You’re Just As Likely to Die at the Checkpoint as Get Fired By the TSA

The TSA has literally only fired one executive in 5 years. It’s easier to get fired as a teacher in the New York City Public Schools system.

Of all the TSA executives who have left the agency in the last 5 years, only one was fired. That’s the same number of executives who died while still employed by the agency.

The firing, by the way, didn’t happen after it was discovered that the TSA was missing 95% of the contraband going through the checkpoint. Instead, it happened in 2012. After the TSA’s gargantuan failures were reported, nobody was fired. After 1000 passengers from a single airline at one airport missed flights in a single month due to security delays, nobody was fired.


TSA Agents in Charlotte Watch News of the TSA’s Failure to Detect Weapons and Bombs, Instead of Searching for Weapons and Bombs (HT: Tocqueville)

There are no consequences for failure. Instead the agency demands – and receives – more resources.

When the TSA’s Assistant Administrator for Security Operations was replaced this week, it wasn’t the failures of ‘screening operations’ that did it, it was the $90,000 in bonuses paid out to him in 13 months despite being under a bonus cap of $10,000 per year. What in the world were bonuses being paid to the person in charge of this mess at all?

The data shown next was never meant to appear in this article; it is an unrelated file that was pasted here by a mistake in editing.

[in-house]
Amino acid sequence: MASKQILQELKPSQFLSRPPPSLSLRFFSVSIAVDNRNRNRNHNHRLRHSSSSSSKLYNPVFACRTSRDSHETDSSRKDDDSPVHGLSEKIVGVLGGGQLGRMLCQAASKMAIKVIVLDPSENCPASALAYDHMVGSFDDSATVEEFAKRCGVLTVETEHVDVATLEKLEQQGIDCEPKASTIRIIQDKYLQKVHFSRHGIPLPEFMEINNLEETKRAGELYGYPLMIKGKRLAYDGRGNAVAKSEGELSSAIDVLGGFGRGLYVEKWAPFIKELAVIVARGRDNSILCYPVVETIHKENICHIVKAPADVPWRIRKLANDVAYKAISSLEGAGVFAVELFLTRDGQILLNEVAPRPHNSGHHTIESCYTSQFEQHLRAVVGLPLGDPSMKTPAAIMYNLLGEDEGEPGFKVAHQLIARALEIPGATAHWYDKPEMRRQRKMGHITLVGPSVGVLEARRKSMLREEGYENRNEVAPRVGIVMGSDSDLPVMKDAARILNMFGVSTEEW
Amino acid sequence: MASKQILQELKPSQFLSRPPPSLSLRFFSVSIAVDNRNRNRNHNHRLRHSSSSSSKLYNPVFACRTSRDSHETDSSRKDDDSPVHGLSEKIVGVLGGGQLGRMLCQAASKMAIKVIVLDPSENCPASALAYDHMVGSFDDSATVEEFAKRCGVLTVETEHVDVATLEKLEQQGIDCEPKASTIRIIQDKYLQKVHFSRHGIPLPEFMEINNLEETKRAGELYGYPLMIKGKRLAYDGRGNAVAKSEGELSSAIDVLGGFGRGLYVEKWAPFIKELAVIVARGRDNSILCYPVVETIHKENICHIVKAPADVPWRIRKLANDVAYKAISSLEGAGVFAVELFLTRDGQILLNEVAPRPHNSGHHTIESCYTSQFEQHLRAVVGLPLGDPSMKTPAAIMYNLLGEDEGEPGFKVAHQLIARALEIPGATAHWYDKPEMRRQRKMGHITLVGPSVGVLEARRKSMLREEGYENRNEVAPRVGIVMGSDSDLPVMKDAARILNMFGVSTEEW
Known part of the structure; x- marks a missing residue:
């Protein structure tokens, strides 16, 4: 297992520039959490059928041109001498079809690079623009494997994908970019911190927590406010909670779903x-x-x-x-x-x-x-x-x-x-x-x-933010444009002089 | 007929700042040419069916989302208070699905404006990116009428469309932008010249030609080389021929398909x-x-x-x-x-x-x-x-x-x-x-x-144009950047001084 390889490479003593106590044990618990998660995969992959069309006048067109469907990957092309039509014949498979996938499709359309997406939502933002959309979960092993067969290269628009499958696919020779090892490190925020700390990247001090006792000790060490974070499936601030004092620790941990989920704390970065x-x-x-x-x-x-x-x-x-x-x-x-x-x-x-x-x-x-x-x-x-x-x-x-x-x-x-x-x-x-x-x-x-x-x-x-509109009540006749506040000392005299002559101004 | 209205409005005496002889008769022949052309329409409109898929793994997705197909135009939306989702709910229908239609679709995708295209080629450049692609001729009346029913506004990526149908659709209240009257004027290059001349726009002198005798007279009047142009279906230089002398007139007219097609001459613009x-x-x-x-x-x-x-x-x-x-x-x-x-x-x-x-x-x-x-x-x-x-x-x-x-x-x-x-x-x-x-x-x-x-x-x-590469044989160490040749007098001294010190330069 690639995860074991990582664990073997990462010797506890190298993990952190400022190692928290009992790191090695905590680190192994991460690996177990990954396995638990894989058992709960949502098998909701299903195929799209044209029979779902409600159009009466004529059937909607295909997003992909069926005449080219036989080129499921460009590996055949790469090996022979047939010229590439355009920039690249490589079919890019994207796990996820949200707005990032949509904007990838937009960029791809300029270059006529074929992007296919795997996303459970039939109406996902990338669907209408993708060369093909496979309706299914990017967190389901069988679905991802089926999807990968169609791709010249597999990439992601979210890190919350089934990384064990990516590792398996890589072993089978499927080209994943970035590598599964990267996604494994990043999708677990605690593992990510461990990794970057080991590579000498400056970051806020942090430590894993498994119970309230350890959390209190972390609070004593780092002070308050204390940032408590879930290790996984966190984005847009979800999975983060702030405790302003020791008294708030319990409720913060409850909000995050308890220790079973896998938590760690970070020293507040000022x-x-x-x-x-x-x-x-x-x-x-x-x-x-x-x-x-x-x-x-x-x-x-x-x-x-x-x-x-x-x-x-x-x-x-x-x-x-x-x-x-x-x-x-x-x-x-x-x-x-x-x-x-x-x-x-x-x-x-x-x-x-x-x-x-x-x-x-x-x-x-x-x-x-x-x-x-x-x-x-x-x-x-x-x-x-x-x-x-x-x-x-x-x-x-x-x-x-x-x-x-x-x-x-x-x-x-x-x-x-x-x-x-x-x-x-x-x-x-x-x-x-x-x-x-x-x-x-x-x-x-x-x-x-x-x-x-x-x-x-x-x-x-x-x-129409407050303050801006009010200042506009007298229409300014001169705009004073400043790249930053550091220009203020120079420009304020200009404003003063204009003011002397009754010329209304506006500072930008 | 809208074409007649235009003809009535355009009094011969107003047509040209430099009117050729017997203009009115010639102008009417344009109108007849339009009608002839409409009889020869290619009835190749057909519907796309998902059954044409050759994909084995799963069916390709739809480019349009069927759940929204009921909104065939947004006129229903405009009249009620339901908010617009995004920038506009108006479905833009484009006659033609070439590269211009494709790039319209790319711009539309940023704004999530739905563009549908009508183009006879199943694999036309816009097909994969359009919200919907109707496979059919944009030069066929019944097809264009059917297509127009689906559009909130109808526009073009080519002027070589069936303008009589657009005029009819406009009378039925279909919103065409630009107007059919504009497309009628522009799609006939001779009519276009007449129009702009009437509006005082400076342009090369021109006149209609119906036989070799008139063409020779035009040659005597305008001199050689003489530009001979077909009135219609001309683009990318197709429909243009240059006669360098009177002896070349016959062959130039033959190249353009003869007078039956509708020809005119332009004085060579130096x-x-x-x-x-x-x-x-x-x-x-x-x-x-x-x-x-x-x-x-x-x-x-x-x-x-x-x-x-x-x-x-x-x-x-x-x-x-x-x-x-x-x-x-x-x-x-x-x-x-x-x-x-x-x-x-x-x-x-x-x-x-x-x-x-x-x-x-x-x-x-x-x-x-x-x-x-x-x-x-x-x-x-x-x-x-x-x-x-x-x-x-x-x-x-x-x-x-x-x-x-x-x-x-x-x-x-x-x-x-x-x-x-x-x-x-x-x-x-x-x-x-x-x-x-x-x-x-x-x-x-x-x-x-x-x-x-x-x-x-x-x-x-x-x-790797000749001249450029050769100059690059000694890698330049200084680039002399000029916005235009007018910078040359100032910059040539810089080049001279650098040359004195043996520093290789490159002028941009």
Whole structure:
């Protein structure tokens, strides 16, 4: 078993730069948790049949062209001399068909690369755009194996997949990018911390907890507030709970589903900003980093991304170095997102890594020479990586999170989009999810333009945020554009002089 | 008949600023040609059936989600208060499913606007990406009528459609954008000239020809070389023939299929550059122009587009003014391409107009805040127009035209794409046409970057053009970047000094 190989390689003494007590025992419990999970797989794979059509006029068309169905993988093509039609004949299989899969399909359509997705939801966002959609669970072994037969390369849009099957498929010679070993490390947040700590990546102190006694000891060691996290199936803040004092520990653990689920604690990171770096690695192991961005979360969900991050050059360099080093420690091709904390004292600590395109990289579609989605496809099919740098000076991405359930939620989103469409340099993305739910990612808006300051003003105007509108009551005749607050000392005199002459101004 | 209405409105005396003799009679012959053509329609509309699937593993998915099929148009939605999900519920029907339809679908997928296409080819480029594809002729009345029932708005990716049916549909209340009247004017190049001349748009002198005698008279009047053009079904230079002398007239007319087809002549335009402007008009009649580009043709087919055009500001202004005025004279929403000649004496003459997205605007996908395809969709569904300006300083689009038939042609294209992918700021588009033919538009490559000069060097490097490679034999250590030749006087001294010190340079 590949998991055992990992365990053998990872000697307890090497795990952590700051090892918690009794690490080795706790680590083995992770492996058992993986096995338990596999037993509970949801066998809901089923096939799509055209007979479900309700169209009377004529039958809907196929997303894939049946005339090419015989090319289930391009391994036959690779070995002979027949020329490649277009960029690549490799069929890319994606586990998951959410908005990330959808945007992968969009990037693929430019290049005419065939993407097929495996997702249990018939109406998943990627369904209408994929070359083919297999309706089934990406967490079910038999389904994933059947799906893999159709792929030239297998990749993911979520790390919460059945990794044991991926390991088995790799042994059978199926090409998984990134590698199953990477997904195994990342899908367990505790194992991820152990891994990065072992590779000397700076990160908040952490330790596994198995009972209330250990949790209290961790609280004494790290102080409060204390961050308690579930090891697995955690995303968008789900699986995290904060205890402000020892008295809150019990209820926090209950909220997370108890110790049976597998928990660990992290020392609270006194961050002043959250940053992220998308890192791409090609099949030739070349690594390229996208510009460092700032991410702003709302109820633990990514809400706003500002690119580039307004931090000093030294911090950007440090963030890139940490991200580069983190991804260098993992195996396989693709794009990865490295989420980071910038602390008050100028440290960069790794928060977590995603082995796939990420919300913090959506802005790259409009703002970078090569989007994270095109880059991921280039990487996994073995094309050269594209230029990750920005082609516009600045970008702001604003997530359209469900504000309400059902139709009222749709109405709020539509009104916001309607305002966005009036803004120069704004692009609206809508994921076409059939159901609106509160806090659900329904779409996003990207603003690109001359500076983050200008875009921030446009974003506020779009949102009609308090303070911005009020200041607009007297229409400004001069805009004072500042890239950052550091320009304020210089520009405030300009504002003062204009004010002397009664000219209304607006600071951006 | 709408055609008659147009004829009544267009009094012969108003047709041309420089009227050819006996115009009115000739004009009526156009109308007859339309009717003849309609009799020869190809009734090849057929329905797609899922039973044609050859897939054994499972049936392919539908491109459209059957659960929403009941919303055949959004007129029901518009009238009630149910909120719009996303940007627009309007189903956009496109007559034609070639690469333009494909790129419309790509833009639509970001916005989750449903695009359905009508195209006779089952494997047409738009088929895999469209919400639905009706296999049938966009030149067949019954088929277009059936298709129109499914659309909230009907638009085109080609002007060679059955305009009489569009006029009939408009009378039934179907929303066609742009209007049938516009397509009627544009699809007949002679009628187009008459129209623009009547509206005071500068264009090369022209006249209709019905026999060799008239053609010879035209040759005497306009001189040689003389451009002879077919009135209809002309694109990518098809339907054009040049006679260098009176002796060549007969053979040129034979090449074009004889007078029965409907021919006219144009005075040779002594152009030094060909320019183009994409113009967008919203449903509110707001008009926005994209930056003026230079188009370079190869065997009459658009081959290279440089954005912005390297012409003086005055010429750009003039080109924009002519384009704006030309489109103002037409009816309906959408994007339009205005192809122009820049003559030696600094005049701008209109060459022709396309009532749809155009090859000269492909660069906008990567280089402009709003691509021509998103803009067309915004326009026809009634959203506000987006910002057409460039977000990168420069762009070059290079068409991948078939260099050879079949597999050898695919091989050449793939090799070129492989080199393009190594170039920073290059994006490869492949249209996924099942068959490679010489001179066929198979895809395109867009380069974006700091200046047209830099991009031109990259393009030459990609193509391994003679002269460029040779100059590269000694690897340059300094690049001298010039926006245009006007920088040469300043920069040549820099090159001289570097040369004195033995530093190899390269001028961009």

John Pistole, former TSA Administrator, went on TV last night defending the agency’s performance as precisely what you get when you balance security and efficiency — and justified that because of EgyptAir flight 804, using the tragedy to advance a bureaucratic agenda despite no clear cause at this point.

The agency needs to be relieved entirely of its checkpoint screening duties. The agency is fundamentally broken — and it’s no surprise that’s the case, because it is its own regulator.

About Gary Leff

Gary Leff is one of the foremost experts in the field of miles, points, and frequent business travel - a topic he has covered since 2002. Co-founder of frequent flyer community InsideFlyer.com, emcee of the Freddie Awards, and named one of the "World's Top Travel Experts" by Conde' Nast Traveler (2010-Present) Gary has been a guest on most major news media, profiled in several top print publications, and published broadly on the topic of consumer loyalty. More About Gary »

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Comments

  1. George bush’s agency. Proves that neo cons are morons and they can come up with really stupid ideas.

    Or they are smart but are scum that will push ideas that let’s them leech money from the country.

  2. Very few executives ever get fired whether they are government or private sector employees. Many get re-assigned or are given the option to resign/retire.

  3. “There are no consequences for failure. ” That pretty much sums up government, except when it fails they throw more money at the problem to see if it that works, it never does.

  4. What happens historically with privatization is that in order to carve 30% profit out of the fixed pie, they screw workers or cut corners. No other outcome ever happens, except when the contract limits their profits for this reason.

    So privatization is not a viable option here or anywhere else where the public safety and commons is at stake, whether the Ayn Rand acolytes want you to believe that as their life mission or not (that’s why all the girls got up and moved away from them in college classes).

    I am the grumpiest complainer you’ll ever meet at gross inefficiency, but honestly in flying monthly for 40 years I have no complaints about TSA and they are one of the few agencies I often stop to thank for their service since my life truly depends on them doing what it is they do.